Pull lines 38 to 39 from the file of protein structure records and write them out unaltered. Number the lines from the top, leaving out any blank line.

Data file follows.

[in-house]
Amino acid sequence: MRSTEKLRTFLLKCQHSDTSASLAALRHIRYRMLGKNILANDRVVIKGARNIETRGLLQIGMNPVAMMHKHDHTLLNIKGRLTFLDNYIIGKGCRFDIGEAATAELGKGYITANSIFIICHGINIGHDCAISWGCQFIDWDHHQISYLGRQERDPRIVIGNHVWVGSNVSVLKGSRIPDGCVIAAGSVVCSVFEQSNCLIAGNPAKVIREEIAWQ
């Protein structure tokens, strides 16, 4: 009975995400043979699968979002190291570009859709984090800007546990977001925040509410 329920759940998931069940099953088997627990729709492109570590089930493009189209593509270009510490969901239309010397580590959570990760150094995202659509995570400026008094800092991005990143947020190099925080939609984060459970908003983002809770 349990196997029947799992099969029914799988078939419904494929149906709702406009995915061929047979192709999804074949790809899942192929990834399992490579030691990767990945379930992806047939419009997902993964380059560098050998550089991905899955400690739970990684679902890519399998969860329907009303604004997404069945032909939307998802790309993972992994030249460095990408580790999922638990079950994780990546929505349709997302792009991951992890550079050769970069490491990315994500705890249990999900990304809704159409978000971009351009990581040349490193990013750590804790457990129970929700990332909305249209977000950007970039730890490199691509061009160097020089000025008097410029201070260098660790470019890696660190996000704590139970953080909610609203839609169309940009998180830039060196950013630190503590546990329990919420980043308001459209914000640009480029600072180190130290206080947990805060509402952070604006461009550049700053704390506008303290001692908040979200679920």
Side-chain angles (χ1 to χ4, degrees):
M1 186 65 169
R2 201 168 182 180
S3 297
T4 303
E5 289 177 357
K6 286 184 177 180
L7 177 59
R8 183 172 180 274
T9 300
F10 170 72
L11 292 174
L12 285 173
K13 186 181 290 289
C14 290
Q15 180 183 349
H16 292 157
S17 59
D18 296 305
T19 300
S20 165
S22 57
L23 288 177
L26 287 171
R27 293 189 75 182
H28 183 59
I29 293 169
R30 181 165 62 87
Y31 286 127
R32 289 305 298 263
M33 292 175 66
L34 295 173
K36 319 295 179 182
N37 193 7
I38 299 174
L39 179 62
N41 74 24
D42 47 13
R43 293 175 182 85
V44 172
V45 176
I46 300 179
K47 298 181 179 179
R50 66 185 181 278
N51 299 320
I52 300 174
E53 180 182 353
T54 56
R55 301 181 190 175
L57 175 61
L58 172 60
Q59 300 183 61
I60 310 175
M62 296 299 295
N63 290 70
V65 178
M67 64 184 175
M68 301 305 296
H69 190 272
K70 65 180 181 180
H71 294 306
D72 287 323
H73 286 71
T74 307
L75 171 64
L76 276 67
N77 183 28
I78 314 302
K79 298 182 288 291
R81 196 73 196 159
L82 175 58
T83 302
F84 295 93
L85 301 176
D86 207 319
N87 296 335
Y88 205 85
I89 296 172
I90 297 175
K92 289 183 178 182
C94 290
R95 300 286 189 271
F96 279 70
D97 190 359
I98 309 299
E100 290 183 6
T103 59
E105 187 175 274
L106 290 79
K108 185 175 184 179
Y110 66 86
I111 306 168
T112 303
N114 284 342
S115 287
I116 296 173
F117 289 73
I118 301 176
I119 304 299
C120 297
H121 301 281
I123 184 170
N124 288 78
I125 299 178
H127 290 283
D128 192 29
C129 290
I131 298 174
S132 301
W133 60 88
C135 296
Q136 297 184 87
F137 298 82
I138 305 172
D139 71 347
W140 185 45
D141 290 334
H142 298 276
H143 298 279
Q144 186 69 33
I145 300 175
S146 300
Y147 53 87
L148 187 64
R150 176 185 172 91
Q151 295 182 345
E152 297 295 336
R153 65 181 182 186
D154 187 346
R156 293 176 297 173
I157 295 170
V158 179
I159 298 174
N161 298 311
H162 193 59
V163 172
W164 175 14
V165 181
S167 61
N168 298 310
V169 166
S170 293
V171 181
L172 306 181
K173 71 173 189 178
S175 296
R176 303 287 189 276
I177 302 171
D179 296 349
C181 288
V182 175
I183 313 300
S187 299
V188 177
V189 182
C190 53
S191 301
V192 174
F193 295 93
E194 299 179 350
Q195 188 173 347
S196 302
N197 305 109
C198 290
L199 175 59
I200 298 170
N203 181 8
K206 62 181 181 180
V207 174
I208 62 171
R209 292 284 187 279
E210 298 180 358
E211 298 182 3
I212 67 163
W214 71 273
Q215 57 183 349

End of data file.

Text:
I38 299 174
L39 179 62